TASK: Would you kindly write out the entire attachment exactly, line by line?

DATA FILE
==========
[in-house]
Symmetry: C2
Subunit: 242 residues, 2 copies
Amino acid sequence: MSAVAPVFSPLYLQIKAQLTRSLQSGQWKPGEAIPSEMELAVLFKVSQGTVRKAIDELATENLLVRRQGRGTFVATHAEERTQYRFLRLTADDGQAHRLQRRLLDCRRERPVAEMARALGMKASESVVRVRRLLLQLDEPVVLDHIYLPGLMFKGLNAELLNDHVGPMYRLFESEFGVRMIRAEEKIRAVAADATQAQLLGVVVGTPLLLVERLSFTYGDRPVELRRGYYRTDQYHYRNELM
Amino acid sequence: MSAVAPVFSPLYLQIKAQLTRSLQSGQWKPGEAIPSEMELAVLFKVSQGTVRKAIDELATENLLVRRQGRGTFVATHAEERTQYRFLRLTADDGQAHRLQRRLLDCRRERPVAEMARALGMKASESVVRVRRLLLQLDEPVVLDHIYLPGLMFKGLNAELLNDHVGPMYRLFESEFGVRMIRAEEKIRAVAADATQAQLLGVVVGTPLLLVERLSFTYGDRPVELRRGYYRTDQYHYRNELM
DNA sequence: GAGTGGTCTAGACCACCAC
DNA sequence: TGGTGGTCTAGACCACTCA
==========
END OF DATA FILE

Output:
[in-house]
Symmetry: C2
Subunit: 242 residues, 2 copies
Amino acid sequence: MSAVAPVFSPLYLQIKAQLTRSLQSGQWKPGEAIPSEMELAVLFKVSQGTVRKAIDELATENLLVRRQGRGTFVATHAEERTQYRFLRLTADDGQAHRLQRRLLDCRRERPVAEMARALGMKASESVVRVRRLLLQLDEPVVLDHIYLPGLMFKGLNAELLNDHVGPMYRLFESEFGVRMIRAEEKIRAVAADATQAQLLGVVVGTPLLLVERLSFTYGDRPVELRRGYYRTDQYHYRNELM
Amino acid sequence: MSAVAPVFSPLYLQIKAQLTRSLQSGQWKPGEAIPSEMELAVLFKVSQGTVRKAIDELATENLLVRRQGRGTFVATHAEERTQYRFLRLTADDGQAHRLQRRLLDCRRERPVAEMARALGMKASESVVRVRRLLLQLDEPVVLDHIYLPGLMFKGLNAELLNDHVGPMYRLFESEFGVRMIRAEEKIRAVAADATQAQLLGVVVGTPLLLVERLSFTYGDRPVELRRGYYRTDQYHYRNELM
DNA sequence: GAGTGGTCTAGACCACCAC
DNA sequence: TGGTGGTCTAGACCACTCA